I write in two processes. The one I tend to do more of starts with a guitar lick that represents a mood and fine tunes the type of lyrics that I would put into a song. With “The Messengers” for instance, it had a western, ghostly, upbeat, sort of haunting mood. From that came a personal vendetta against the media, something I’d become passionate about while studying communication. The songs that I look up to are always spoken through metaphor and the painting of a scenario so I often like to do that. I tend to try to meet those expectations out of my own music. I like to set up a scene through metaphor. The chorus is basically the point so I structure everything around that. In terms of “The Messengers,” the point is to keep corruption out of society.
The other way I write comes more from personal anguish. It’s moment to moment, stemming from a tormented idea that I have absolutely no answers for so I put it into a big question and try to draw conclusions through the songwriting process. I can’t work through it just in thought because there’s an emotion that’s paired with it. A song is like a life circumstance. If you can figure it out in a song, then maybe it will echo into motivation in your real life. After piecing the words together, I write the chords to emphasize the lyrics. In context of “You’re My Eyes,” I was learning about the key of C, and moved by people I was playing with in Costa Rica—my friend Erik Pescitelli—he would do these pull offs which inspired me to put together a song. The melody came to…and had this sort of playfully tragic tone to it.
I write just to put my own ideas out there that I wouldn’t say on a day-to-day basis. Much of my music consists of my conspiracy theories on society transformed into songs. The stories come from whatever the dominating mood is. I tinker with chords and lyrical ideas, sounds and a storyline that I think would go. I really enjoy the sound of words—certain words together in a song pattern. It’s important to appreciate the sound of the word…the dance of how they all come together.
Cory Tauber by Ben Hahn
Your music is very poetic. Do you consider yourself a poet?
I think it is a major part of the songwriting process and that’s really all a song is to me is—a poem expressed through more sounds than just the concept of words. That’s really all a song is anyways.
A number of things move me: someone representing my same perspective in a different form, the extent to which I feel creative, if someone introduces something that resonates with me in a greater form, or if something is connected deeply to a part of myself that I may have pushed away, something I have closed up or overlooked but opens a door within myself. That, I believe, is where the poet comes from, in addition to from my mother, who is also a writer.
It’s a matter of understanding the depth of how far emotions can go and accepting that, and even more so a push to understanding how people use what they have as far as from an intellectual, curiosity-driven base to express some form of emotion.. As humans we feel the same set of emotions and have the capacity to feel them at the same depths. What really moves me is to see somebody capture their own essence of the emotion they build themselves up to and have such a slow growth that people have no choice by to ride along with it. As a musician, a poet, an artist, it’s to understand how to impact other people—to take that as part of your art form. You are painting with emotion; feeling through imagery and through touch.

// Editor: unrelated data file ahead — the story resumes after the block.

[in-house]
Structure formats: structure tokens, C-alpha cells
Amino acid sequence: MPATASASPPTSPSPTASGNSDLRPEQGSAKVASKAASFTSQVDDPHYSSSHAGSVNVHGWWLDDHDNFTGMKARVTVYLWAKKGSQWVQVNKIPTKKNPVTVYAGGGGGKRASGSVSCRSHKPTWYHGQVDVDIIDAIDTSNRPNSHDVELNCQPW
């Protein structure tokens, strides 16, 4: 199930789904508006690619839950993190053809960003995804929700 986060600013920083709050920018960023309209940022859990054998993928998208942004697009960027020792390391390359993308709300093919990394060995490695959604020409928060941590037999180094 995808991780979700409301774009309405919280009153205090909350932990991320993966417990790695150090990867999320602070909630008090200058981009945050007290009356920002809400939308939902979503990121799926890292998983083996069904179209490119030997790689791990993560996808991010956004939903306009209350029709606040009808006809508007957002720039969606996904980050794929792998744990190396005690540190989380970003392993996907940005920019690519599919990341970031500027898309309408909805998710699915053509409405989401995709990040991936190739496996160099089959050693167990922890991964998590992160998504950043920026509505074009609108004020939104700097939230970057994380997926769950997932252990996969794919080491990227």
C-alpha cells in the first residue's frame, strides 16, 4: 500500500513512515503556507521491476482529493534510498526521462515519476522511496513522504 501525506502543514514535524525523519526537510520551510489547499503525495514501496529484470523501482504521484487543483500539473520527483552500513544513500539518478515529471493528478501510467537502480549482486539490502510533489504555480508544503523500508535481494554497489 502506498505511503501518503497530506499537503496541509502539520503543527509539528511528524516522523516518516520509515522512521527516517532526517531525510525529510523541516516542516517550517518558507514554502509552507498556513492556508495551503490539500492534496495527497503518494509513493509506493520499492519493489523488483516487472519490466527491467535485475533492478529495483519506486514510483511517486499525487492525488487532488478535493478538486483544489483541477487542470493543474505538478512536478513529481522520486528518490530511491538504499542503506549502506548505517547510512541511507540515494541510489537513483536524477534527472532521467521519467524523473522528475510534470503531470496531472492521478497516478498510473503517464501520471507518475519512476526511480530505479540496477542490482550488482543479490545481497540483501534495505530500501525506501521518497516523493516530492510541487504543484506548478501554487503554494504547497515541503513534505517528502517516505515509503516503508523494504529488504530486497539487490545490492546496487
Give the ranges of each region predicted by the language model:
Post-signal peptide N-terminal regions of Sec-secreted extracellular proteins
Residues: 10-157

Tell us a little about your childhood and how you got to where you are right now?
As I said, my father plays piano and raised us with music. What made me decide to take it further though was Sean, my brother. He had an interest in production and recording which made me curious in every aspect of what it means to be a musician. Sean has always been my biggest inspiration and my foundation for every question that I had. He was always the big thinker and I was always the copycat, being the younger brother. A lot of my foundations are based on curiosities that he had as a musician.
Though I had played in a number of bands, I started taking myself seriously as a solo musician when I started playing open mics in Santa Barbara. It was the first time I really presented a sound of my own. I then took that to Costa Rica and began to develop that sound. I wrote the first four songs of my new EP “Ok. Today.” there and the last song in Los Angeles when we moved back for a couple months. The recording of the EP was done in Los Angeles as well, and completed in the studio in Costa Rica. We then released it while in Spain after playing at Port Eliot in the UK. It’s been quite the adventure.
From a childhood mentality, music was the only thing I didn’t get bored of. I never felt like it was work and was the only thing I could sit through for 16 hours straight and feel like the time never passed. It is what pulls me the most into the moment and has all the challenges of life with the beauty of art. I am my mother’s and father’s child combining art and music professionalism with stupid creativity. I am a songwriter because it’s what I feel like. It connects me with who I am, challenges me in every sense and creates deeper meanings for my family, my role, society. It’s part of me.
Cory Tauber by Craig-Taylor Broad
I know you are on a tour right now, are you opening for someone or what type of tour is it?
Originally, the plan was just to play at Port Eliot, but we ended up using it as an excuse to travel and for me to play more gigs. It has been rather spontaneous as the shows are coming from friends and contacts sporadically, and it can be planned weeks in advance or I’ll find out 20 minutes before. In that sense it really is an unofficial tour and I’m playing as I’m going.